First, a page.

Scholastic theologian, born at Pisa about 1475; died at Rome, 1546. He joined the Dominican Order at Pisa about 1494. Having taught for many years in the schools of his order, he was appointed (1536) by the Venetian Senate to the chair of theology at Padua. He was also for a time socius of the master-general of his order, and prior provincial of the Holy Land. In July, 1542, he was made Master of the Sacred Palace by Paul III, and during the four years that he discharged the duties of that office he rendered great services to the Holy See and to the Fathers of the Council of Trent, regarding many difficult and mooted questions. From the year 1518 Spina was engaged in a heated controversy with his famous confrère, Cardinal Cajetan. Still more harsh was his opposition to Ambrose Catharinus, whom he denounced as guilty of heresy to Paul III about the beginning of the year 1546. The most important of Spina's works are: "Tutela Veritatis de Immortalitate Animæ contra Petrum Pomponatium" and "Flagellum in Tres Libros Apologiæ Pomponatii de Immortalitate Animæ", both published in 1518. Of special interest are also "Tractatus de Stringibus et Lamiis" (Venice, 1523), and "Apologiæ Tres adversus Joann. Franc. Ponzinibium Jurisperitum" (Venice, 1525). These last two works were also published at Rome in 1576. In his treatise "De Conceptione B. Mariæ Virg." (Venice, 1533), Spina opposed the doctrine of the Immaculate Conception.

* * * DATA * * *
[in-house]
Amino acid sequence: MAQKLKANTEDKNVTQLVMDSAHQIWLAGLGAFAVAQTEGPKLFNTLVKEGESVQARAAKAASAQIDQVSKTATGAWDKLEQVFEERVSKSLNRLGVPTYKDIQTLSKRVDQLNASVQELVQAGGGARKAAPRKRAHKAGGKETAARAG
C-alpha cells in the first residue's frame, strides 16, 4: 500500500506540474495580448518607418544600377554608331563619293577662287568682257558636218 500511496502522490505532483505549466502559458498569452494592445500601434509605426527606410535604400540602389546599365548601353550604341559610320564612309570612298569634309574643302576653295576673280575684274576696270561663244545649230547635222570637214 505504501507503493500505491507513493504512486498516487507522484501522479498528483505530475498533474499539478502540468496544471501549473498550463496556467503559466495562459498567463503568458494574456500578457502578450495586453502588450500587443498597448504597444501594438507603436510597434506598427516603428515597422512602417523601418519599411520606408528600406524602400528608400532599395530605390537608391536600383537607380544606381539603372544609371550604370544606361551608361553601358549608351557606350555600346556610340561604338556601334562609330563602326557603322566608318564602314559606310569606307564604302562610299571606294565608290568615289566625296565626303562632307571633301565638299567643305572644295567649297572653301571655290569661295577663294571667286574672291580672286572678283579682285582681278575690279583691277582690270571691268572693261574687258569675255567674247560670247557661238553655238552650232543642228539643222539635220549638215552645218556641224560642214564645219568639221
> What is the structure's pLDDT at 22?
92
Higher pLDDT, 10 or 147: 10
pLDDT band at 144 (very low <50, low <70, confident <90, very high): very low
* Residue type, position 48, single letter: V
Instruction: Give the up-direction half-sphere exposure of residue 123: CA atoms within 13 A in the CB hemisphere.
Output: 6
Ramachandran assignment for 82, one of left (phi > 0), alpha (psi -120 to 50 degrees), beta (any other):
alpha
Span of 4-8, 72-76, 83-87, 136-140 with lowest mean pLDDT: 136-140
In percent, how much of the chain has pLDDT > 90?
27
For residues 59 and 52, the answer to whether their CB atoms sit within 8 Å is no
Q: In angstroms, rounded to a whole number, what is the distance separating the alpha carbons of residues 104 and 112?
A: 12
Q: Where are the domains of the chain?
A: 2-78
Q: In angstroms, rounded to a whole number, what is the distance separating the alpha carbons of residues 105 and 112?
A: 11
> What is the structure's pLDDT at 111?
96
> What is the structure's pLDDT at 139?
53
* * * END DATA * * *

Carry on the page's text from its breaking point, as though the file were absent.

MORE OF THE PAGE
ALVA Y ASTORGA, Monumenta Dominicana: pro immac. concept. (Louvain, 1666), 4 sq.; ECHARD, Script. Ord. Præd., II, 126 sq.; HURTER, Nomenclator.
APA citation. (1912). Bartolommeo Spina. In The Catholic Encyclopedia. New York: Robert Appleton Company. http://www.newadvent.org/cathen/14216b.htm
MLA citation. "Bartolommeo Spina." The Catholic Encyclopedia. Vol. 14. New York: Robert Appleton Company, 1912. <http://www.newadvent.org/cathen/14216b.htm>.
Transcription. This article was transcribed for New Advent by Douglas J. Potter. Dedicated to the Immaculate Heart of the Blessed Virgin Mary.
Ecclesiastical approbation. Nihil Obstat. July 1, 1912. Remy Lafort, S.T.D., Censor. Imprimatur. +John Cardinal Farley, Archbishop of New York.